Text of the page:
The International Flower Festival is an annual event that is held in Gangtok for the month of May. I had the good fortune of attending it during one of my excursions into Sikkim. With over 600 different species of flora, it is a good excuse to land into Sikkim. With history (Rumtek, Pemayangtse, Kabi Lungchok monasteries) and sightseeing (Peling, Yuksam, Tsomgo Tso) in every little corner of tiny Sikkim, you will love your time here.

Phoolwalon ki sair” is a secular procession of flower sellers in September in Delhi. Tracing back its origins from Mughal King Akbar Shah in 1812, this 200 year old celebrates the offering of flowers from a Muslim ruler to a Hindu temple. A great example of brotherhood and unity, it is now decked with Shehnai players and dancers who accompany the procession through Jogmaya Temple and into Mehrauli ending at the dargah of Khwaja Bakhtiyar Baki. It is a one of a kind experience for travelers.

Travel, Stay and food options are diverse and abundant for travelers into Delhi as well as Gangtok (nearest airport though is a 6 hour drive to Bagdogra)

  • Rath Yatra, Puri (Orissa)

Rath Jatra

The English word Juggernaut owns its origin to the massive sized chariot of Lord Jagannath (avatar of Lord Krishna) which is taken out for a perambulation on the streets of Puri (in the state of Odisha) every monsoon.  Not just the Lord, but his elder brother and his wife are taken out in a super massive chariot from their home temple to the temple of Gundicha where they stay for 9 days and come back to their home.

It sends massive frenzies into people – as many as 6.8 – 7 lakh pilgrims attend the Yatra every day, every year.

Puri, being an hour’s drive from the capital Bhubaneshwar, is well connected by air. It has its own train station and is well connected from East. It being a coastal town, also boasts of many resorts and hotels. Its weather is considered salubrious and warm for the sick and tired. Odisha food, with its own claim to fame of Dalma is peerless.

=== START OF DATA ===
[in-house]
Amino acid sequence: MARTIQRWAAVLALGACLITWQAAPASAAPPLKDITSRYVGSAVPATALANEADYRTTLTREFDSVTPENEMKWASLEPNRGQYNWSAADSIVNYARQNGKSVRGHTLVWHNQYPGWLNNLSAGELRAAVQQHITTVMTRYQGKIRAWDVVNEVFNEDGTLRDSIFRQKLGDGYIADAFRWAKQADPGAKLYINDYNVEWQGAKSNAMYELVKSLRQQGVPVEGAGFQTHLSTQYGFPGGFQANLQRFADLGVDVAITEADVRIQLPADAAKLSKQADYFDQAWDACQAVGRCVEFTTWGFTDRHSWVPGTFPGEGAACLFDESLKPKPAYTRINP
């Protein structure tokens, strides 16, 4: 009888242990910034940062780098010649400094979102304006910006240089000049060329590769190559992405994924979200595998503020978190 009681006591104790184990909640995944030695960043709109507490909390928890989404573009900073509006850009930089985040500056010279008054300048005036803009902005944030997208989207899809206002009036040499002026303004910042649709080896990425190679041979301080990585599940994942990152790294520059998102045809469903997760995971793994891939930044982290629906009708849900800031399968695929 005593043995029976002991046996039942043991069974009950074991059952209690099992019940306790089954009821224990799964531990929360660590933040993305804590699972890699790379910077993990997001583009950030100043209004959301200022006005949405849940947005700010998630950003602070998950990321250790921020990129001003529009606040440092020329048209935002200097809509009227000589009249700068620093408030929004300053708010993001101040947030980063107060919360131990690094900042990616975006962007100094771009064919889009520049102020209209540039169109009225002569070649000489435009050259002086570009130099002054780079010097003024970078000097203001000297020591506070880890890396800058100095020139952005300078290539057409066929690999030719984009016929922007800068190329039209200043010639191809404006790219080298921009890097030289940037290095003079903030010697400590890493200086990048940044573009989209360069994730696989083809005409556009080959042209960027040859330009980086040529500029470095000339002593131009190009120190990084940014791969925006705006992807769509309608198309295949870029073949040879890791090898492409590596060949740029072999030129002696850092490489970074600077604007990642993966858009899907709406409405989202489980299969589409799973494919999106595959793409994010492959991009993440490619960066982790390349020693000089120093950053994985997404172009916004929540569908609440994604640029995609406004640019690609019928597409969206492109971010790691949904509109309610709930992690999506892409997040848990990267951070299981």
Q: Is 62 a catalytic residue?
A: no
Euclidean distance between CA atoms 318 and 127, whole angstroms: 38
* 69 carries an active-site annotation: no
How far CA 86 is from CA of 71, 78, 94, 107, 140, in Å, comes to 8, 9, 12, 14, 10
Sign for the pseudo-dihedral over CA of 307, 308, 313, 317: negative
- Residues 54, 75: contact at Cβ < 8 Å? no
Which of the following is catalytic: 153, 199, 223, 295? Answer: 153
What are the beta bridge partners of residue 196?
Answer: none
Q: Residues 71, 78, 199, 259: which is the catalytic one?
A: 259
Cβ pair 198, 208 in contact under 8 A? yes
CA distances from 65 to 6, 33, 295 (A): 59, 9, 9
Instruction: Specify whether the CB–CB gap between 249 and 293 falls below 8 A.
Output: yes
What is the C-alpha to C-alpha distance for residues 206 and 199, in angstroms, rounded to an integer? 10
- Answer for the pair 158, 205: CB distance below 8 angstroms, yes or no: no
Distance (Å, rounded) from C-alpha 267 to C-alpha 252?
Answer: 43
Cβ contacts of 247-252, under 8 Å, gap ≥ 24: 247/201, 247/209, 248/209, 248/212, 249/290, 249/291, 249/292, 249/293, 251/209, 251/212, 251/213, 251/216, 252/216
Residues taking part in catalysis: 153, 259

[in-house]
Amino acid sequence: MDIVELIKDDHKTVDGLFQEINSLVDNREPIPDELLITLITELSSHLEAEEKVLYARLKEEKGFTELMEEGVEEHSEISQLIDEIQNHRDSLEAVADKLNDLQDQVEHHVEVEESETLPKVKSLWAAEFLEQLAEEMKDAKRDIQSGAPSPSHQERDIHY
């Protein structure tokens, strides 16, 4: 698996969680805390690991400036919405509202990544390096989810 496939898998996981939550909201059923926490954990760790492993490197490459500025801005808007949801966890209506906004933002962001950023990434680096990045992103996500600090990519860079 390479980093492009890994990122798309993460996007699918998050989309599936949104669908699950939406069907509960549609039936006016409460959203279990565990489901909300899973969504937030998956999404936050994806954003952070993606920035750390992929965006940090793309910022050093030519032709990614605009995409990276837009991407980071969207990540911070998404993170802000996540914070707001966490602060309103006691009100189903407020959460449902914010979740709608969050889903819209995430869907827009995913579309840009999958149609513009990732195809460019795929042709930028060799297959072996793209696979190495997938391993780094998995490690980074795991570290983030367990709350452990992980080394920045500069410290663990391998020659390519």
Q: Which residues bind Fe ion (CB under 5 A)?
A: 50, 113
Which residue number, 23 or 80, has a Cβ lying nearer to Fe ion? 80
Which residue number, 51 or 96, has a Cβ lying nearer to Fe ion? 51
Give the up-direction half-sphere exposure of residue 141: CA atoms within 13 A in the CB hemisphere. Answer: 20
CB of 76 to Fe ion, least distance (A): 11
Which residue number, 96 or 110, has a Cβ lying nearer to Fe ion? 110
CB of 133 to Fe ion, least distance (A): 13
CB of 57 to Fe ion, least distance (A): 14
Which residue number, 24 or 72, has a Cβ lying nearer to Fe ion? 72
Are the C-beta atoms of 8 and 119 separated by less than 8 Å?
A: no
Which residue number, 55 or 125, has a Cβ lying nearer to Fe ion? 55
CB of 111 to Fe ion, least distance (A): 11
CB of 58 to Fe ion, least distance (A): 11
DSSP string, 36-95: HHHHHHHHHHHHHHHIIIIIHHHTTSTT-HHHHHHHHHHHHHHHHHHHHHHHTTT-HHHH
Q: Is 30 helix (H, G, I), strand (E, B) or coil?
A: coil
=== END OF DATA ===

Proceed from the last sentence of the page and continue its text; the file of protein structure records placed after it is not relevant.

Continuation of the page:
• Holi, Barsana (U.P)


While Holi is a national craze, nowhere is it as unique as it is in the town of Barsana (in U.P). Legend has it that this was the village of Krishna’s beloved Radha, where while once being there and teasing the womenfolk with colors, the women charged back onto Krishna and his friends with bamboo sticks and shooed them away. While all this was in good humor, the tradition has carried forward to this date where this unique form of Holi is carried out. Men seek out women and drab them with color, while women push them out literally beating them up.

Barsana is 40 mins drive from the town of Mathura, which is well connected to India by train. One could also fly into Delhi and drive down with ease to Mathura and into Barsana. Places to stay are better in Mathura, and even slightly further out Agra. Food, anywhere in U.P will never have any regrets. If in Barsana, try their thandai – milk based cold beverage that will relax your senses.

  • Khajuraho Dance Festival (M.P)


Khajuraho is India’s erotic capital. Its temples are adorned with practical illustrations of manuals than Gods and Goddesses. It’s tucked in the center of India, but not so easily accessed that it is still not a mainstream tourist destination.

Against this energetic backdrop, in the cooler month of February, the dance festival has given a new identity to Khajuraho. The festival hosts and highlights indigenous dance forms like Kathak, Bharatanatyam, Odissi, Kuchipudi, Manipuri and Kathakali. The performances happen in the open courtyard of the Sun Temple and are open to everyone.

Khajuraho has its own domestic airport which has connectivity from Indian metros. It also has a train station that connects it regularly from New Delhi. The nearest train junction is Jhansi – the town of legendary warrior queen Laxmi Bai. Khajuraho has many comfortable hotels to put up.

  • Sindhu Darshan, Leh (Jammu & Kashmir)